Día de Reyes:
January 6th is Three Kings Day in Mexico, known as the Día de Reyes. This is Epiphany on the church calendar, the 12th day after Christmas, when the Magi arrived bearing gifts for baby Jesus. In Mexico children receive gifts on this day, brought by the three kings, los Reyes Magos, Melchor, Gaspar, and Baltazar. Some children receive gifts from both Santa Claus and the Kings, but Santa is seen as an imported custom, and the traditional day for Mexican children to receive gifts is January 6.
Arrival of the 3 Kings:
In the days preceding Kings Day children write letters to the Magi requesting a toy or gift that they would like. On the night of January 5th, the figures of the Wise Men are placed in the nativity scene. Traditionally children would leave out their shoes with a bit of hay in them to feed the animals of the Magi (they are often shown with a camel). When the children would wake up in the morning their gifts appeared in place of the hay. Nowadays, like Santa Claus, the Kings tend to place their gifts under the Christmas tree.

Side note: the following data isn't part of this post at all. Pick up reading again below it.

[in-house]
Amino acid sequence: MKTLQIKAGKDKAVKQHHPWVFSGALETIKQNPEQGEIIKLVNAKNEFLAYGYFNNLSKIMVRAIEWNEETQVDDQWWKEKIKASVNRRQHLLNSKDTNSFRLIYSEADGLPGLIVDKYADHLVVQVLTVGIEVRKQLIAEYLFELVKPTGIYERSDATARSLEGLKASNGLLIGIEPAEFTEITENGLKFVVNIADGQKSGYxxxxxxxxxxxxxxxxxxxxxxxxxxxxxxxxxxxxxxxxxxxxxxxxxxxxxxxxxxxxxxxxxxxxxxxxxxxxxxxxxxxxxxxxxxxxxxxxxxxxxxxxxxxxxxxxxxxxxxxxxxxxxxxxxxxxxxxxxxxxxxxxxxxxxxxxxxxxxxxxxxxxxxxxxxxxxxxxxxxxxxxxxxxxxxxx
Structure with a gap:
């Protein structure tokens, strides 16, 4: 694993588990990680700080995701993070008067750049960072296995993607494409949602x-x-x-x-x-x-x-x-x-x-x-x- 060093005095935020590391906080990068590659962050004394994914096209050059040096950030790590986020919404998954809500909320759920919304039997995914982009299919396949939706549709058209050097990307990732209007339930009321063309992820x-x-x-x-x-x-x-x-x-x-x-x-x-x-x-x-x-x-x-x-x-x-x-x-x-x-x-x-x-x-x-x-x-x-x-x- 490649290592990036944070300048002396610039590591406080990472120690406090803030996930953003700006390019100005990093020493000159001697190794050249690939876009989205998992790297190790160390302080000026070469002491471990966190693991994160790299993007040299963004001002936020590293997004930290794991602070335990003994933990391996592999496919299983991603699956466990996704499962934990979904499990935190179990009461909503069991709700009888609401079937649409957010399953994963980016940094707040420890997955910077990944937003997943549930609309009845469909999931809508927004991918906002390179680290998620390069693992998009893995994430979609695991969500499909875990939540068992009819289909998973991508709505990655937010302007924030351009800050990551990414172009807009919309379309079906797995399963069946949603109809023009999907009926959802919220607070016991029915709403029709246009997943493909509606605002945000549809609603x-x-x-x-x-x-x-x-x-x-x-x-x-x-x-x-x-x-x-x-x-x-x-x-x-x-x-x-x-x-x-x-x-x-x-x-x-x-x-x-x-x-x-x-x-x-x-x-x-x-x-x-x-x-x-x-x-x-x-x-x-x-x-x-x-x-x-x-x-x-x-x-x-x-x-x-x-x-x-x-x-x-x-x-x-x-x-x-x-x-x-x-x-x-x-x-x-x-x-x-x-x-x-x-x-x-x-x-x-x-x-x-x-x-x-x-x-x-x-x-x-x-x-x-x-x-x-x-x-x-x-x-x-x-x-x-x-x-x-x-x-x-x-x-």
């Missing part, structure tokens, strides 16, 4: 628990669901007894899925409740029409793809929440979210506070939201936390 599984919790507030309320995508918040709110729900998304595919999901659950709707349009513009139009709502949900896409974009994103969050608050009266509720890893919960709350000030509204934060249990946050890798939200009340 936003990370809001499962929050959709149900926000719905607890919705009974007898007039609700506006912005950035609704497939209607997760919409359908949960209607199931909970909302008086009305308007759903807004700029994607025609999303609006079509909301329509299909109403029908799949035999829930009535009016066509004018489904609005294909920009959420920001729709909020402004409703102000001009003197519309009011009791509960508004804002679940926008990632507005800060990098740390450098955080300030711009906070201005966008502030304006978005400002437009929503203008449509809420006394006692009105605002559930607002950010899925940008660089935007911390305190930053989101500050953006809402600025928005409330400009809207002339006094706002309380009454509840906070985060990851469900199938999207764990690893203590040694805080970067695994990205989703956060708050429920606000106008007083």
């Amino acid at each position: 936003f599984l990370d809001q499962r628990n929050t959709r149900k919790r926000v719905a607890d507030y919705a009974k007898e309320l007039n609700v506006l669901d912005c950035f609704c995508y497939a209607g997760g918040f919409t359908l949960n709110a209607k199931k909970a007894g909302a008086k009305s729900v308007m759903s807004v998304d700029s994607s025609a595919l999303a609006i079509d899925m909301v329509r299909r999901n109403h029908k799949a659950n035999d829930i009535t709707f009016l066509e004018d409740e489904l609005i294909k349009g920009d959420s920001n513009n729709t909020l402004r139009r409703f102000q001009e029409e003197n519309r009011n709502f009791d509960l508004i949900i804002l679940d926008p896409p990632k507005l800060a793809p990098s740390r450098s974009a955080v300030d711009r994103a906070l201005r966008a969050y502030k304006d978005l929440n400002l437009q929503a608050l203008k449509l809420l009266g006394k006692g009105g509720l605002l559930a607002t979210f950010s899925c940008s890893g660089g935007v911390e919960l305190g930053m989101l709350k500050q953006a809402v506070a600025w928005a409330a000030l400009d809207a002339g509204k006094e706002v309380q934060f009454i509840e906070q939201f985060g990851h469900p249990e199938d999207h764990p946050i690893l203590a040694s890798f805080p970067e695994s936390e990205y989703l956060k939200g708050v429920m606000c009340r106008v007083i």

Rosca de Reyes:
On Kings Day it is customary to eat Rosca de Reyes, a sweet bread shaped like a wreath, with candied fruit on top, and a figurine of a baby Jesus baked inside. The person who finds the figurine is expected to host a party on Día de la Candelaria (Candlemas), celebrated on February 2nd, when tamales are served.
Read more about Rosca de Reyes, its symbolism, and how to make, or where to buy one.